And finally, a great day for Lordship Lane on 17th July 1897, when the Prince of Wales, (later King Edward VII) accompanied by his wife and daughter, was transported in an open carriage on his way to Lewisham, to open a new Fever Hospital. In the neighbourhood of the East Dulwich Hotel streamers were arranged across the roadway and “in all directions the tradesmen and private residents had made a brave attempt to give outward and visible expression to their loyalty”. The Pavement in Lordship Lane, described as being a busy centre of commercial activity, presented a most “animated appearance with flags, banners and Japanese lanterns all tended to impart colour and picturesqueness to the scene.” There were ambitious efforts at decorations close to the Magdala Tavern and the Fire Station and a large canvas bearing the words ‘Camberwell Greets You’.
I hope if people like me enjoy local history, they will find it interesting. There is a lot more out there!

messageRe: Victorian East Dulwich Local History
Posted by seenbeen June 30, 08:51PM

It's very sad that the Victorian houses have been so vandalised by ugly extensions , paving over gardens and awful window replacements. Many of the houses were artisans' cottages.
I very much doubt if the people who have so destroyed the heritage of the architecture have big families and so do not need the loft conversions etc...but in about 20 years when their 2 children have left home they will apply for HMOs or conversions to 2 or more flats and live off the proceeds.

messageRe: Victorian East Dulwich Local History
Posted by Sue June 30, 10:37PM

seenbeen Wrote:
>. Many of the
> houses were artisans' cottages.

When I bought my small terraced house nearly thirty years ago, it was described in the estate agent's blurb as an "artisan's cottage."

I thought it was just estate agent language to make the house sound more attractive!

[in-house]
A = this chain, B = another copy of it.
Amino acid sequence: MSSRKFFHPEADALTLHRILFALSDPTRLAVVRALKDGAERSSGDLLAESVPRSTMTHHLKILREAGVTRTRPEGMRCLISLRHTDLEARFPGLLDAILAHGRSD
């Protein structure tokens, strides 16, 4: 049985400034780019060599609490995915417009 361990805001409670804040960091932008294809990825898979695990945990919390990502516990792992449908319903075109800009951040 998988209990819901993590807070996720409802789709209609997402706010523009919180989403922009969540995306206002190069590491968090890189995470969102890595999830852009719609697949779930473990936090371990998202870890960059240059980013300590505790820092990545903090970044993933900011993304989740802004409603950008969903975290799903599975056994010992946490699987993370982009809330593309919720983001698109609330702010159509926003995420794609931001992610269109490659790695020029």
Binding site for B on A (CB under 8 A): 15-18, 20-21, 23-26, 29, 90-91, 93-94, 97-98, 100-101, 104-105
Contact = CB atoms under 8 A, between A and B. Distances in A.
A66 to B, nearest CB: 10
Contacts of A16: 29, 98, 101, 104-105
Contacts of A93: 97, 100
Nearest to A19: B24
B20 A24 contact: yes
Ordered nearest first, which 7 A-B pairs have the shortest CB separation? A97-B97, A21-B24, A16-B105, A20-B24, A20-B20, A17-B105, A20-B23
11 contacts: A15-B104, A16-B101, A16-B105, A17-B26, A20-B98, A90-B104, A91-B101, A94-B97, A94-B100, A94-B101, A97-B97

messageRe: Victorian East Dulwich Local History
Posted by nxjen July 01, 05:32AM

I agree Sue. Most of the houses in East Dulwich were built with those employed in clerical jobs in the centre of London in mind, able to travel to their jobs easily and quickly on the newly built railways. East Dulwich wasn’t a hub of cottage industries.

messageRe: Victorian East Dulwich Local History
Posted by Frankito July 01, 08:11AM

Fizzy, thanks so much for sharing! :0)

messageRe: Victorian East Dulwich Local History
Posted by Laur July 02, 05:01PM

Thanks do much Fizzy for posting this, it's so very interesting.
Do you have any more history on these 2?

I remember the carpet shop was Dourofs carpet shop and previously an estate agents and before that an antiques shop back in the 60s and before that a florists and a photography studio before that.

Where Olivelli is now years ago 'Haywoods' handbag shop was run by Maureen Haywood.

Edited 2 time(s). Last edit was july 02, 05:16pm by Laur.

messageRe: Victorian East Dulwich Local History
Posted by yeti July 03, 01:01PM

The best book on East Dulwich is the Victorian Suburb by Prof H J Dyos. It tells you about its development;how the builders were organised and how it was funded. Solicitors were the nexus between those with spare cash and enterprising tradesmen. Its a long time since I read it. He taught me back in the 1970s.

messageRe: Victorian East Dulwich Local History
Posted by mikeb July 03, 06:28PM

You really needed to have spoken with John Kennedy, gone but not forgotten. And now probably Tim Charlesworth